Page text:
If only . . .

I remember telling my dad, “My prayer is to never have to say, ‘If only . . .’ when it comes to parenting.” I’ve been parenting my children for a little over 13 years now. I’ve had to say, “If only,” more times than I’d like to admit.

One such time was last summer when I backed into my 10-year-old son with our van. “If only I had checked.” “If only I wasn’t in a hurry.” “If only . . .”

By the grace of God, my son was fine. The fact that he had known I was leaving shortly after I dropped him off didn’t get in the way of his desire to play with his Legos, in the sunshine, in the driveway, behind the van. When I backed up, I felt the resistance and stopped. It was like a slow motion movie scene as I rushed to the back of the van to first see scattered Legos and then see my son.

When I saw him, I screamed, “I’m sorry! I’m sorry! I am so, so sorry!” He was crying too. I looked him over and over. His legs were scraped up pretty badly, however he could stand and nothing looked broken. He then began apologizing to me. He knew he had made a bad choice. But I knew I was supposed to be responsible. I was the mom. I had just hit my son with the van! What mom hits her son with a VAN?!?!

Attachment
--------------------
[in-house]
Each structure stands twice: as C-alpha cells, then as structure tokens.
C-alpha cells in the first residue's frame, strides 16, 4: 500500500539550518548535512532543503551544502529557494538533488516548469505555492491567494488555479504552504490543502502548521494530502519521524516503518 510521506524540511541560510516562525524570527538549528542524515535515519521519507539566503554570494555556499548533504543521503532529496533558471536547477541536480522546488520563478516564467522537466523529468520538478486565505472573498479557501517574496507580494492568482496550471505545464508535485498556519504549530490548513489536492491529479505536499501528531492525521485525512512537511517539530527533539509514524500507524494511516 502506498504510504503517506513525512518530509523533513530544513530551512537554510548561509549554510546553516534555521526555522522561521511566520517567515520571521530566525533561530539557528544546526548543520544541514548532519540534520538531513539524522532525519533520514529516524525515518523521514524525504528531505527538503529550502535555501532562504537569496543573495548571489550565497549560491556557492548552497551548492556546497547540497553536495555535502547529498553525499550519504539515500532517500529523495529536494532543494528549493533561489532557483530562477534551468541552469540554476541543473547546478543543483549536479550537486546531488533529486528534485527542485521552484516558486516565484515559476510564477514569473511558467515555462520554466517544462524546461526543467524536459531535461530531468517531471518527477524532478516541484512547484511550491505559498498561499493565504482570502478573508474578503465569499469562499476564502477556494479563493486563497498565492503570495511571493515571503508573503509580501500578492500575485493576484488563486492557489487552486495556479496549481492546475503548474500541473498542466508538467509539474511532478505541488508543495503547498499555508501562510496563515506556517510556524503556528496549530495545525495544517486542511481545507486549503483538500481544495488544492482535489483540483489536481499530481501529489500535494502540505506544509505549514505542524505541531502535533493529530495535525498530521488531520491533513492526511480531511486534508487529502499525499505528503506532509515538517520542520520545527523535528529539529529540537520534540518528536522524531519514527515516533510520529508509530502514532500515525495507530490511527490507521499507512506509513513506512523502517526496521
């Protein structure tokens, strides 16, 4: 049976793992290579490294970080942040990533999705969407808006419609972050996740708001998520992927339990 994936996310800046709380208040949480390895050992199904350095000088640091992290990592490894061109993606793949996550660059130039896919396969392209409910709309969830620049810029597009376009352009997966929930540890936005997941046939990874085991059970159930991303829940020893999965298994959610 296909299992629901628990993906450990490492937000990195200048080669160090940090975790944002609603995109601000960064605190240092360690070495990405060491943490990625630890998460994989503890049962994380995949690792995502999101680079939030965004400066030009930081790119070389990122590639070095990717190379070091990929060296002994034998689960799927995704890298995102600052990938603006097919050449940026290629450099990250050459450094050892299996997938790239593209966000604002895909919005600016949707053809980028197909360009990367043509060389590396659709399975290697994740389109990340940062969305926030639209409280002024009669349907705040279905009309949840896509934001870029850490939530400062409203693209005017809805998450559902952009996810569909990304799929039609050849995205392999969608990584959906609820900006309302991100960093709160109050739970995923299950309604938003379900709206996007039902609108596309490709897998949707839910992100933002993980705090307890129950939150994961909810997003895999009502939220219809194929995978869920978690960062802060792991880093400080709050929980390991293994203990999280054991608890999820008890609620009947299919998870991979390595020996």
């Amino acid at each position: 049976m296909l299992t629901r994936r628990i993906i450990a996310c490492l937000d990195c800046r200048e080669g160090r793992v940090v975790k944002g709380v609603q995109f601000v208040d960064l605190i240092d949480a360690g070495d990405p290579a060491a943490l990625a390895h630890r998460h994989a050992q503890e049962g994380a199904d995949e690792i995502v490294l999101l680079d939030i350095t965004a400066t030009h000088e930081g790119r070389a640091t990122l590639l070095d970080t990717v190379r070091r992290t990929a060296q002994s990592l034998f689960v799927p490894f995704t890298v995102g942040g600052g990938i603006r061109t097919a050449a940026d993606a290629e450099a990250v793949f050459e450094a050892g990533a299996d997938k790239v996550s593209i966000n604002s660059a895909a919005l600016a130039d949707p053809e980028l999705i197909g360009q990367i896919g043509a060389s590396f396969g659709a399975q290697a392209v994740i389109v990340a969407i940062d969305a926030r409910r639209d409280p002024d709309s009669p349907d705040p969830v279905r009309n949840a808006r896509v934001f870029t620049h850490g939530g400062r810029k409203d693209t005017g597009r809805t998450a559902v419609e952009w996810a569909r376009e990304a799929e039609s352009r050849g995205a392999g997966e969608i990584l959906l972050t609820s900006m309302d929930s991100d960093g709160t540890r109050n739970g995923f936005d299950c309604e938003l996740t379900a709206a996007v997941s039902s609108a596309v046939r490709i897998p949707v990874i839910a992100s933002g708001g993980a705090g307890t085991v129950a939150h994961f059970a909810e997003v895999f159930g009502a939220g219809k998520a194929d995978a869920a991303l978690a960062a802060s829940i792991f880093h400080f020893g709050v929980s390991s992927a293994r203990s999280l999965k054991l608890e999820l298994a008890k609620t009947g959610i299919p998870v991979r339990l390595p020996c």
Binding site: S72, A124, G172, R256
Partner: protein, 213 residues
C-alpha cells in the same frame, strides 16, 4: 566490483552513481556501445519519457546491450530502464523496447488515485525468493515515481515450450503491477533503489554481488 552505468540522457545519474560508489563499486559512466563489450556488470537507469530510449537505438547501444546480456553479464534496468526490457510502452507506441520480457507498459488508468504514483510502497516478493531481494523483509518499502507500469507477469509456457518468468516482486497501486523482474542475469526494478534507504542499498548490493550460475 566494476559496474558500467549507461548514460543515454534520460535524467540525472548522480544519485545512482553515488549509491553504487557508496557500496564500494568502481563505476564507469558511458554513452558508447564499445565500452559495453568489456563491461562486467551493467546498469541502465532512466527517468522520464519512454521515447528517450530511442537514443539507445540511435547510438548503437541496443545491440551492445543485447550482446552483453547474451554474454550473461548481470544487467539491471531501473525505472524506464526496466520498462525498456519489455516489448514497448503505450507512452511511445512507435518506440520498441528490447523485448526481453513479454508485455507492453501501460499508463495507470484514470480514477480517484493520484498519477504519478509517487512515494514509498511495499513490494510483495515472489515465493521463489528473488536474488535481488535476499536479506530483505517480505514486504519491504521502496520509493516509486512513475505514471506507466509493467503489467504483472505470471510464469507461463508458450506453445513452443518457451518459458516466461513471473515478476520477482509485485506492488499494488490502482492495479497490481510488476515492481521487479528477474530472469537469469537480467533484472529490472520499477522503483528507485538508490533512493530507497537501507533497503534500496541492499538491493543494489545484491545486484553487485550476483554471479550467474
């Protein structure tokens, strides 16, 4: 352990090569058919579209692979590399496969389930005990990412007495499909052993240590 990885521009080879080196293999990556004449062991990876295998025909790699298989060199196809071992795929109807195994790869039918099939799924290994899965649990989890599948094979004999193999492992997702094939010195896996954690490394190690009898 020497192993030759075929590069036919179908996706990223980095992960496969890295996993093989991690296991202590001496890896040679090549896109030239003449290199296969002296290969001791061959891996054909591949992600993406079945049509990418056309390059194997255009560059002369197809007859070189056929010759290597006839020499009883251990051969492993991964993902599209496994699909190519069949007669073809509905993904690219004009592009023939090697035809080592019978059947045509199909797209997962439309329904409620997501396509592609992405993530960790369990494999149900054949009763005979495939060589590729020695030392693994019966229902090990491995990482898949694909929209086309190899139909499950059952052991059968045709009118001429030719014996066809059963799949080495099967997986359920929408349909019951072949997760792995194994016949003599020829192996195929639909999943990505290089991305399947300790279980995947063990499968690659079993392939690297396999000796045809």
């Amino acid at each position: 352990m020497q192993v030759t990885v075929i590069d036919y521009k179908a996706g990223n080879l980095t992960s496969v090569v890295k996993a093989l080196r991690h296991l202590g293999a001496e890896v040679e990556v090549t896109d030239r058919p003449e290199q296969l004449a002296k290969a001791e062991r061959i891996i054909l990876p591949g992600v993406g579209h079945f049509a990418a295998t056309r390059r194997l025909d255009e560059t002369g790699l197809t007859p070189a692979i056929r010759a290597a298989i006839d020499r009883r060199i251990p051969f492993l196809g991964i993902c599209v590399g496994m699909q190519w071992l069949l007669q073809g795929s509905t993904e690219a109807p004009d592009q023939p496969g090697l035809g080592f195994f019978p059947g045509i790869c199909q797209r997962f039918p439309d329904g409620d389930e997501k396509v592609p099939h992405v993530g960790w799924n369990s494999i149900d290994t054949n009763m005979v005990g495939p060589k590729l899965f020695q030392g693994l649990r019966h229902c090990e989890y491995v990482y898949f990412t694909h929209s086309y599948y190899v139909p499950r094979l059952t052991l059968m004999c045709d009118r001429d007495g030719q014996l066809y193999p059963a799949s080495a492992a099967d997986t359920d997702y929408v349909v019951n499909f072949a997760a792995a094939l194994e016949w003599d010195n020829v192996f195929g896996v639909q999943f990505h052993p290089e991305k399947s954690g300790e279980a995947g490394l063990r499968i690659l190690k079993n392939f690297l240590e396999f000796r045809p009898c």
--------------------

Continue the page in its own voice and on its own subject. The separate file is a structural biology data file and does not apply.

This mom. This mom had to call the doctor and explain to the receptionist that she needed to bring her son in because she hit him with the van. This mom had to call her husband and tell him that she hit his son with the van. This mom had to explain to the nurse, the doctor, and the X-ray technician that she hit her son with the van. This mom had to explain that she hit her son with the van to friends, family, and curious/nosey people who could see the bad scrapes, scratches, and bruises on his legs.

That day I had made an obvious mistake in my parenting. But I had made a not-so-obvious mistake as well. Up until that day, I had put much of my value in my own parenting. I had felt like I was a pretty good parent. Because of that, I had put my self-value, my self-worth into my being a good parent, until I did something characteristic of a bad parent. Then what? I was crushed. In my mind I had lost a big part of my self-worth. But what if I had put my value in being a beloved daughter of the almighty God?